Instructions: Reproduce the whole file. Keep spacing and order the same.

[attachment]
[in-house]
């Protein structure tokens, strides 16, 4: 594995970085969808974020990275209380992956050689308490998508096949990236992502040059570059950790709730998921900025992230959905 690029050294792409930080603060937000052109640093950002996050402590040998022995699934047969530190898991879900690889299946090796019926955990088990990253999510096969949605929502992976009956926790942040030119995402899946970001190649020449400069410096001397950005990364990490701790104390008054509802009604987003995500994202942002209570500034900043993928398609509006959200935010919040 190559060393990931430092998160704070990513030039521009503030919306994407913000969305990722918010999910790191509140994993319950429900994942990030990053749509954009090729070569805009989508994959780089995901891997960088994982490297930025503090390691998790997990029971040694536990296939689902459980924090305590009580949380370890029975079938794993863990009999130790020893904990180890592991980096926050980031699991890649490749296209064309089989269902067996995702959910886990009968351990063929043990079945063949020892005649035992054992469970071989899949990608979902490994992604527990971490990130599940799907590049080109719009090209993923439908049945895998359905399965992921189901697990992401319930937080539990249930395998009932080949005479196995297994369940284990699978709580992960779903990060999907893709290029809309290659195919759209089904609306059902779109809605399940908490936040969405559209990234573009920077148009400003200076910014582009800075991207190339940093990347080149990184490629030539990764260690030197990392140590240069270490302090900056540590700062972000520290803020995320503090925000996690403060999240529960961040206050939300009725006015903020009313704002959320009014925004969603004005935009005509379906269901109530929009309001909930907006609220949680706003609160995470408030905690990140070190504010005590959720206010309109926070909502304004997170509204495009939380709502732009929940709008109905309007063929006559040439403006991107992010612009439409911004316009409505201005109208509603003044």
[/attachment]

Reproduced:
[in-house]
């Protein structure tokens, strides 16, 4: 594995970085969808974020990275209380992956050689308490998508096949990236992502040059570059950790709730998921900025992230959905 690029050294792409930080603060937000052109640093950002996050402590040998022995699934047969530190898991879900690889299946090796019926955990088990990253999510096969949605929502992976009956926790942040030119995402899946970001190649020449400069410096001397950005990364990490701790104390008054509802009604987003995500994202942002209570500034900043993928398609509006959200935010919040 190559060393990931430092998160704070990513030039521009503030919306994407913000969305990722918010999910790191509140994993319950429900994942990030990053749509954009090729070569805009989508994959780089995901891997960088994982490297930025503090390691998790997990029971040694536990296939689902459980924090305590009580949380370890029975079938794993863990009999130790020893904990180890592991980096926050980031699991890649490749296209064309089989269902067996995702959910886990009968351990063929043990079945063949020892005649035992054992469970071989899949990608979902490994992604527990971490990130599940799907590049080109719009090209993923439908049945895998359905399965992921189901697990992401319930937080539990249930395998009932080949005479196995297994369940284990699978709580992960779903990060999907893709290029809309290659195919759209089904609306059902779109809605399940908490936040969405559209990234573009920077148009400003200076910014582009800075991207190339940093990347080149990184490629030539990764260690030197990392140590240069270490302090900056540590700062972000520290803020995320503090925000996690403060999240529960961040206050939300009725006015903020009313704002959320009014925004969603004005935009005509379906269901109530929009309001909930907006609220949680706003609160995470408030905690990140070190504010005590959720206010309109926070909502304004997170509204495009939380709502732009929940709008109905309007063929006559040439403006991107992010612009439409911004316009409505201005109208509603003044």